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Nicole Kidman Suffers Depression While Playing Suicidal Virginia Woolf After Tom Cruise Divorce

The movie, which also starred Meryl Streep and Julianne Moore, earned Nicole the Academy Award for Best Actress.

Nicole Kidman has recently revealed that she was suffering from depression during her Oscar-winning role as Virginia Woolf in The Hours. The actress took on the role following her divorce from Tom Cruise in 2001 and admitted she became an ‘open vessel’ to the suicidal character’s thoughts. Nicole filmed the role in 2002, a year after she split from Tom after 11 years of marriage and adopting two children, daughter Isabella now 29, and son, Connor, 26.

The film portrayed the famous author’s mental health struggles while writing Mrs. Dalloway and also showed her suicide by drowning in the River Ouse in 1941, a famous scene in which Nicole insisted on filming herself without a stunt double. While talking to This Cultural Life on BBC Radio 4 about shooting the scene, she said, “I don’t know if I ever thought of the danger, I think I was so in her. ‘I mean, I put the rocks in my pocket and walked into the river. Over and over again. I probably don’t consider danger enough.”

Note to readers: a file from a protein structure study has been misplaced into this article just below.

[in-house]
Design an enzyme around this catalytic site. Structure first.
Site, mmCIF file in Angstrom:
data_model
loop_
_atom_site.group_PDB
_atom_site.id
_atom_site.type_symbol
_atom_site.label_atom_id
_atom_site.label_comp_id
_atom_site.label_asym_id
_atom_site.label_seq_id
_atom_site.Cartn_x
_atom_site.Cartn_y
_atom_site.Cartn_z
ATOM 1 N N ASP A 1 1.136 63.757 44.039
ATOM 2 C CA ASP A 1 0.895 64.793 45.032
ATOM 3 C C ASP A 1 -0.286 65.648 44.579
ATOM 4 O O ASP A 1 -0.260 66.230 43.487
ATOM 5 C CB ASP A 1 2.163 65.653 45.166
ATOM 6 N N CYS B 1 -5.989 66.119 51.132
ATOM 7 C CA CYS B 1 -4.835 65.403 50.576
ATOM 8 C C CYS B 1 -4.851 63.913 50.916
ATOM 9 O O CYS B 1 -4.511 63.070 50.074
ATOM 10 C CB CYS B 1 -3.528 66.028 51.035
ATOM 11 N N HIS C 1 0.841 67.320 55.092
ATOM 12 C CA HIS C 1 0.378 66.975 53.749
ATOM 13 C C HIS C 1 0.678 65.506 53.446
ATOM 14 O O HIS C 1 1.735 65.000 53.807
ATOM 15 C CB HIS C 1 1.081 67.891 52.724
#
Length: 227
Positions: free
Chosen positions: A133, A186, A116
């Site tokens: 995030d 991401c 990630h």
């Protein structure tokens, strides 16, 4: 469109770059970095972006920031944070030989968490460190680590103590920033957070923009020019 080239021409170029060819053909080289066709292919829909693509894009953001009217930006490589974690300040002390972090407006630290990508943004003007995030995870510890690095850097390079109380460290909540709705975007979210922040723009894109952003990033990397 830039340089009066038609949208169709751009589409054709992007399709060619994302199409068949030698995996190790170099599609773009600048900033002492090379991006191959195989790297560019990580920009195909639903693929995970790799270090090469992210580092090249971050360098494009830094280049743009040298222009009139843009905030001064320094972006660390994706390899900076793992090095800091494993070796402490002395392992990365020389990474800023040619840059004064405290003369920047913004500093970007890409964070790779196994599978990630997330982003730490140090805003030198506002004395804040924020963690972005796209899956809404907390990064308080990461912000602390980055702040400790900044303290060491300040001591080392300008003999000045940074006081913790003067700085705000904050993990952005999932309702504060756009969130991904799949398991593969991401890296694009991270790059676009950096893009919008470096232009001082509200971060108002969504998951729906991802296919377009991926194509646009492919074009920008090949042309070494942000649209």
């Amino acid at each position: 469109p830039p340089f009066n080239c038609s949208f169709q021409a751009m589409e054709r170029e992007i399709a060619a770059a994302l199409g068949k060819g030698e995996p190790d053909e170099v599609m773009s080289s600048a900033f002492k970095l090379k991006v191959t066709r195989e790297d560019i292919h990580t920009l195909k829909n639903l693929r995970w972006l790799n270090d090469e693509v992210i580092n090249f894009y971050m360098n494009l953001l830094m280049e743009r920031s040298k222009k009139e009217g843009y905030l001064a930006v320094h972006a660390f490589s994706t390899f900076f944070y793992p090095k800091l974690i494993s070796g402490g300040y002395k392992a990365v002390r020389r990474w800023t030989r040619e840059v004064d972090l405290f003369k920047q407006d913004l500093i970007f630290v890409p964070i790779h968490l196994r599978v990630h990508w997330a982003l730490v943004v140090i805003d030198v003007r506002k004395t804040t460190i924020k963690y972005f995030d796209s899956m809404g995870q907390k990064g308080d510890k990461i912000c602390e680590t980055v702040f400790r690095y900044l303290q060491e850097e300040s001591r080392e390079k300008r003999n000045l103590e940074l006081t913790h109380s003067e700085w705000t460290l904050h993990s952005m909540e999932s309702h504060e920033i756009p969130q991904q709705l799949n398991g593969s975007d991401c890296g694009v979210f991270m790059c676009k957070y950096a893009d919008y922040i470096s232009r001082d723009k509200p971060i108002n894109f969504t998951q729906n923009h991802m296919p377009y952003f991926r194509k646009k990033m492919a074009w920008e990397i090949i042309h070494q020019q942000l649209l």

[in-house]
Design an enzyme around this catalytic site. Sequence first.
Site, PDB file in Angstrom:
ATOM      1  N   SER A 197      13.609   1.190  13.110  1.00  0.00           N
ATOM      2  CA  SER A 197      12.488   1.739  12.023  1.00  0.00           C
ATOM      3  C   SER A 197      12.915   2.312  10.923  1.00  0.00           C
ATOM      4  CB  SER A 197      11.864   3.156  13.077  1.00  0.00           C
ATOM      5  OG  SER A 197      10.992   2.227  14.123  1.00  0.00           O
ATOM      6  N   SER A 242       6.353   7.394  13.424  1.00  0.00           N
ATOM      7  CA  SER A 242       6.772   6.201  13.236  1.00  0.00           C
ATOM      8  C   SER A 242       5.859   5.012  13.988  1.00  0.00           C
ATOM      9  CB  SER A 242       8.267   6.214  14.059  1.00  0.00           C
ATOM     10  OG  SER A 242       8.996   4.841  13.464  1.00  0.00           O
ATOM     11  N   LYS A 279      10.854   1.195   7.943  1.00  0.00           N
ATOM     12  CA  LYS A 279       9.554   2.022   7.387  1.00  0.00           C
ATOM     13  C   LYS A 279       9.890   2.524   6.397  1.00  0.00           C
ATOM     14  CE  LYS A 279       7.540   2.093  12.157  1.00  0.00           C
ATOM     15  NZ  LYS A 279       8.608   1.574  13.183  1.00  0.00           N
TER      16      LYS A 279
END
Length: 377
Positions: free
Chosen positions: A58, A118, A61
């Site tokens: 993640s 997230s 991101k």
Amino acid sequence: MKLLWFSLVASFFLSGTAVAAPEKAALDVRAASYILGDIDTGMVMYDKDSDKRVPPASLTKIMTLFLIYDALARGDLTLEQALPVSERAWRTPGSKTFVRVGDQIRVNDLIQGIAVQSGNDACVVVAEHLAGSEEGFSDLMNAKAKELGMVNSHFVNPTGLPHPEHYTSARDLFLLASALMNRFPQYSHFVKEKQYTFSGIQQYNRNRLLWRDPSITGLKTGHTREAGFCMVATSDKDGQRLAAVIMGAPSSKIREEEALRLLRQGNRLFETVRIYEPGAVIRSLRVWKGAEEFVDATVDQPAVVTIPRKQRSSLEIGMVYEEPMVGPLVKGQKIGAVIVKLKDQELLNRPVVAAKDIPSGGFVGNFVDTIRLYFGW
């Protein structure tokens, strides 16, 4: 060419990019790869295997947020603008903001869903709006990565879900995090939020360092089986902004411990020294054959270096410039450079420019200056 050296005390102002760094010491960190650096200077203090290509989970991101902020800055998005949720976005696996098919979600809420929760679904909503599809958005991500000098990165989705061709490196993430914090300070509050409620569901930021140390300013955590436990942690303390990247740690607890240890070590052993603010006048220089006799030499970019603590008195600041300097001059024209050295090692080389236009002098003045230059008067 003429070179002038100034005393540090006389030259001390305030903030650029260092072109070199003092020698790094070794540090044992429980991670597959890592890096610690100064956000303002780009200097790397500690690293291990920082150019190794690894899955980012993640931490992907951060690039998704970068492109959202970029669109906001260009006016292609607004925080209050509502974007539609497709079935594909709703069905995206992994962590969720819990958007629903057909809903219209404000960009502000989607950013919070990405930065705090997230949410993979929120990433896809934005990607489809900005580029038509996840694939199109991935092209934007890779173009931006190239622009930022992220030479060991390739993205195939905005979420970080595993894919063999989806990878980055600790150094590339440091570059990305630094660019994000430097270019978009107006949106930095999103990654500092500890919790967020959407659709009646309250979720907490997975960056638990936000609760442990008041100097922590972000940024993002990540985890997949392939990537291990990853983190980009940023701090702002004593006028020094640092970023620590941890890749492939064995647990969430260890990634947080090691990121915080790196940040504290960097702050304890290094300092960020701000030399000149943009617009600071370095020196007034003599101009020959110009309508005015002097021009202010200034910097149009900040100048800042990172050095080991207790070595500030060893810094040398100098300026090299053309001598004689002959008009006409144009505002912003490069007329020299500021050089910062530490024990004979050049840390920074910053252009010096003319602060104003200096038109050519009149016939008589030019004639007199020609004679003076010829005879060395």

Meanwhile, reflecting on her own emotions at the time, Nicole added, “I think I was in a place myself at that time that was removed, depressed, not in my own body. So the idea of Virginia coming through me, I was pretty much an open vessel for it to happen.” “And I think Stephen (Daldry, the film’s director) was very delicate with me because he knew that. ‘I was open to understand it, which I think is probably the beauty of life as an actor,'” Nicole Kidman continues.

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The film, which also starred Meryl Streep and Julianne Moore, earned Nicole the Academy Award for Best Actress. Detailing her mental health experiences, Nicole continued, “There’s a point where you’re like, oh, I have so many experiences now. ‘I’ve delved and traversed many different landscapes of mental health and loss and ideas and joy and raised birth and you know, life is what it is.’ It’s far more examined for me now than when I was 14. I’m definitely in it. I’m definitely feeling it and definitely aware of the preciousness of it and the time.”

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